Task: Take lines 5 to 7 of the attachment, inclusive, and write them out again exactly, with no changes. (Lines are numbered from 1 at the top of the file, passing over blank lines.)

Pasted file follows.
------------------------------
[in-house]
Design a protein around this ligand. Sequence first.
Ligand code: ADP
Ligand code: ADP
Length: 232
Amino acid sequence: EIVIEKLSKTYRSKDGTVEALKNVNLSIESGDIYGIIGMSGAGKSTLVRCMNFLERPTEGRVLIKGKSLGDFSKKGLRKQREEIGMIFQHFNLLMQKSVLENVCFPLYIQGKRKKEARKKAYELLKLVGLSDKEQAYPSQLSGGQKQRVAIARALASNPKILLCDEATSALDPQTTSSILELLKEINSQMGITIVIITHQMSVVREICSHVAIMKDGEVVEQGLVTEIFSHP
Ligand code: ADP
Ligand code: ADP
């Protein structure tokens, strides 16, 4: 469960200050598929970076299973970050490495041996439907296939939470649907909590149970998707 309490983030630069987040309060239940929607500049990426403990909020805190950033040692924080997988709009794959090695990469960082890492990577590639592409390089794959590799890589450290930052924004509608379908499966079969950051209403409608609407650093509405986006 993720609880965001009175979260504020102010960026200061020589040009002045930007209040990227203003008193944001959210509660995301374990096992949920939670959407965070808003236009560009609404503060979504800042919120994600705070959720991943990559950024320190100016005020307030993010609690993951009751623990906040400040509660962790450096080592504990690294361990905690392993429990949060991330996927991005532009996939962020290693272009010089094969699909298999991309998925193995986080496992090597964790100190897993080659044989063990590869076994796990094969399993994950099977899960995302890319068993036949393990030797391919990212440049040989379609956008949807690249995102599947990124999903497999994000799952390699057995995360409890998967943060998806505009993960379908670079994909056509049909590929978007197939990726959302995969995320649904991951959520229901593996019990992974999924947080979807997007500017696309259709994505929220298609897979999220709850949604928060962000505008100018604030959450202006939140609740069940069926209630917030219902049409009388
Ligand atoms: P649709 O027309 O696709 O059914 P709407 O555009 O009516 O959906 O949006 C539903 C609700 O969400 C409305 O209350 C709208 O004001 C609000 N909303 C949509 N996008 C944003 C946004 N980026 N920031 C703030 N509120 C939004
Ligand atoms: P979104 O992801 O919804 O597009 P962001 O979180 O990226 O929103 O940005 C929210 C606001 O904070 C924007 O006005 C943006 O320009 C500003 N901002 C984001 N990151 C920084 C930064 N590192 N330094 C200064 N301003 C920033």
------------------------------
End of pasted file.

Length: 232
Amino acid sequence: EIVIEKLSKTYRSKDGTVEALKNVNLSIESGDIYGIIGMSGAGKSTLVRCMNFLERPTEGRVLIKGKSLGDFSKKGLRKQREEIGMIFQHFNLLMQKSVLENVCFPLYIQGKRKKEARKKAYELLKLVGLSDKEQAYPSQLSGGQKQRVAIARALASNPKILLCDEATSALDPQTTSSILELLKEINSQMGITIVIITHQMSVVREICSHVAIMKDGEVVEQGLVTEIFSHP
Ligand code: ADP